The Last Laugh
Title Details

110 Pages

19 x 13.3 cm

4 colour and 46 b/w illus.

Series: Camden House German Film Classics

Series Vol. Number: 11

Imprint: Camden House

The Last Laugh

by Samuel Frederick

  • Description
  • Contents
  • Author
A penetrating new reading of Murnau's classic silent film that shows its transitional status, both historically and stylistically, while emphasizing its innovative camerawork and the ethical stakes of its story.

An undisputed masterpiece of silent cinema, F. W. Murnau's The Last Laugh (1924) stars the larger-than-life Emil Jannings as a proud hotel porter who is demoted to lowly washroom attendant. One worker's misfortune becomes a tragic turning point in a social drama as much about the struggling Weimar Republic, which had just overcome several years of social, political, and economic instability, as about its working-class citizens. At once clinging to the symbols of the old order while helplessly thrust into an unforgiving modern world, Jannings's fallen porter embodies the contradictions of this transitional moment for the young democracy. Samuel Frederick shows us that Murnau's film is similarly transitional: born at the crossroads between the Expressionist style of the early 1920s and the emerging aesthetics of New Objectivity, it is both soberly realistic and oneirically distorted. With only one intertitle, The Last Laugh's flow of images is complemented by cinematographer Karl Freund's innovative mobile camera, which, "unchained" from the tripod, swims effortlessly through the film's different urban spaces. Here, inanimate objects become charged with potency and architecture is animated, conveying both allure and danger. Frederick's incisive analysis of the film foregrounds the visual dynamism of its technological and aesthetic experimentation while also pursuing the ethical implications of its central figure's downfall.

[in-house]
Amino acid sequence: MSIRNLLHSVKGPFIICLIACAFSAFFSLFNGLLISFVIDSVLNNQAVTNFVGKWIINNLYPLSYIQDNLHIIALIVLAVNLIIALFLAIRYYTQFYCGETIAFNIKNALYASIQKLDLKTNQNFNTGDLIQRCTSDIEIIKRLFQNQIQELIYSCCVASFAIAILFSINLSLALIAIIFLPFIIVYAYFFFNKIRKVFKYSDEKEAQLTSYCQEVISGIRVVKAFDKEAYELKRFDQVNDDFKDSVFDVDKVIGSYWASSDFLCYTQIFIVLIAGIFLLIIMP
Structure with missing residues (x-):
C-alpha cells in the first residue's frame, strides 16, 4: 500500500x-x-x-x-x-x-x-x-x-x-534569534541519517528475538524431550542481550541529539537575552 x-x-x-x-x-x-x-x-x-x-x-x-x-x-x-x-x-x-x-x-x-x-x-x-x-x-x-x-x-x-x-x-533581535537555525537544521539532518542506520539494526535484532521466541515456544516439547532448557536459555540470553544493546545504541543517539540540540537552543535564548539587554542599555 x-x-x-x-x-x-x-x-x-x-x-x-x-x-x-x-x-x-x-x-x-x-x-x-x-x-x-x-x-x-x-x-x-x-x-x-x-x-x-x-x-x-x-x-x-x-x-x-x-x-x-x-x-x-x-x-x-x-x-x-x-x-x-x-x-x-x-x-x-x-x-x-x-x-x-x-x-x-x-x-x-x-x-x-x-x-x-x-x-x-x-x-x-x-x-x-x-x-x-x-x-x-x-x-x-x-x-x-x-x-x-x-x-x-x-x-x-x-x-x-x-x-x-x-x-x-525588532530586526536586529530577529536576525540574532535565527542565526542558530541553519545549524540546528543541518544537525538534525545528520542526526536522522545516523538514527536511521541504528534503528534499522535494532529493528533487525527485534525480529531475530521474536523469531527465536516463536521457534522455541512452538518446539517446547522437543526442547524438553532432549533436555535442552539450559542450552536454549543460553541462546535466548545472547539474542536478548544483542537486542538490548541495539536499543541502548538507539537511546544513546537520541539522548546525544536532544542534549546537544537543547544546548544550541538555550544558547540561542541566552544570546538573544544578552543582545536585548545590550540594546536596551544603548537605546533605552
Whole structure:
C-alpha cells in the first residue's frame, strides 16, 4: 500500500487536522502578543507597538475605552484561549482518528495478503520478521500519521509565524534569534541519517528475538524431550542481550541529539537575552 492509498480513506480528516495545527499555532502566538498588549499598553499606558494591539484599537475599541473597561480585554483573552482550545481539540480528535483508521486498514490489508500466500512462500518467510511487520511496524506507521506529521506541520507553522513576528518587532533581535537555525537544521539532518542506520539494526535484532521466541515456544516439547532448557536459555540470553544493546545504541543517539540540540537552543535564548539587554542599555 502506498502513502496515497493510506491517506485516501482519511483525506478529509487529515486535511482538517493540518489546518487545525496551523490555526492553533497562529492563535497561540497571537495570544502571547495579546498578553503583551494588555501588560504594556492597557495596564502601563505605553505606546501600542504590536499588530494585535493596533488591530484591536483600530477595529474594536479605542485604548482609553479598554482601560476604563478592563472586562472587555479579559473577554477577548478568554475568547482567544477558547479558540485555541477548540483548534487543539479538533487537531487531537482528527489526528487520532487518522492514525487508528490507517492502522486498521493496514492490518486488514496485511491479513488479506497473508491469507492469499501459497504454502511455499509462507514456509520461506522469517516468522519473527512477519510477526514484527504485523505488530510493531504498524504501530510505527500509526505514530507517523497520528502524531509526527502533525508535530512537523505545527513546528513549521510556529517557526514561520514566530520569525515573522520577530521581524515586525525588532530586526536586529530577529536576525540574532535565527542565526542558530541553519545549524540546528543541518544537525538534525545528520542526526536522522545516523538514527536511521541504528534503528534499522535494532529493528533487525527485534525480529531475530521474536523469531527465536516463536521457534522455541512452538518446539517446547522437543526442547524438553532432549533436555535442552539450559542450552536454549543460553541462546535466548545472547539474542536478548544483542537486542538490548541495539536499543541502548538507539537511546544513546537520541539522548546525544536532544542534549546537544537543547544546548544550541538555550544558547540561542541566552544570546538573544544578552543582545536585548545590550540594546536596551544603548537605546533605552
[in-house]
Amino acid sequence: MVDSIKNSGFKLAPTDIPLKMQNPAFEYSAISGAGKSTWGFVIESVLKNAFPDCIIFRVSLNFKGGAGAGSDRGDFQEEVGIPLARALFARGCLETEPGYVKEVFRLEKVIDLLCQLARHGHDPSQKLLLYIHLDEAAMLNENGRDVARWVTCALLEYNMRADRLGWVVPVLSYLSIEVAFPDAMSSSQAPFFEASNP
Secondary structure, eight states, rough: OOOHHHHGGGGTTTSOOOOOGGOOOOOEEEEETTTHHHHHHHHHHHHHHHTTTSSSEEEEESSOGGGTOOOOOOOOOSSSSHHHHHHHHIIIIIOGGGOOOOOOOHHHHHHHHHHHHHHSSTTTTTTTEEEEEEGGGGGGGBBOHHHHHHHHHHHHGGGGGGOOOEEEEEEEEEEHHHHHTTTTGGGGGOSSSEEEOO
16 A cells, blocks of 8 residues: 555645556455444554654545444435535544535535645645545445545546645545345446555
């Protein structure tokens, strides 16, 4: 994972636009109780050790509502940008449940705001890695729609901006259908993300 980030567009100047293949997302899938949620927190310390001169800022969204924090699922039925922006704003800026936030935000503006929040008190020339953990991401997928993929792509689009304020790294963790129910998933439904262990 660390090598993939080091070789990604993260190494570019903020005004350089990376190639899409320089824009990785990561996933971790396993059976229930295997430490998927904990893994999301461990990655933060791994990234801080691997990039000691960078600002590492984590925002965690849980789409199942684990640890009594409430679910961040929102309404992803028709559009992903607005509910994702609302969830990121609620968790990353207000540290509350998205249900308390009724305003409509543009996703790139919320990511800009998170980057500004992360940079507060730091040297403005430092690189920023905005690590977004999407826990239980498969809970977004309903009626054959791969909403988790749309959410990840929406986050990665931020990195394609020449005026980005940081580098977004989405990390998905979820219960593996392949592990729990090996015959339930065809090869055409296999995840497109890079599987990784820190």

Acknowledgments
The First Title Cards and the Last Man
Germany at a Crossroads
Activating Cinematic Space
The Unchained Camera
Intimations of Abstraction: The Dream Sequence
"The Reality of Things"
The Monstrousness of Shame
The Doubled Ending
Credits
Notes

SAMUEL FREDERICK is Professor of German at Penn State University.

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9781640141292

September 2023

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Title Details

110 Pages

1.9 x 1.33 cm

4 colour and 46 b/w illus.

Series: Camden House German Film Classics

Series Vol. Number: 11

Imprint: Camden House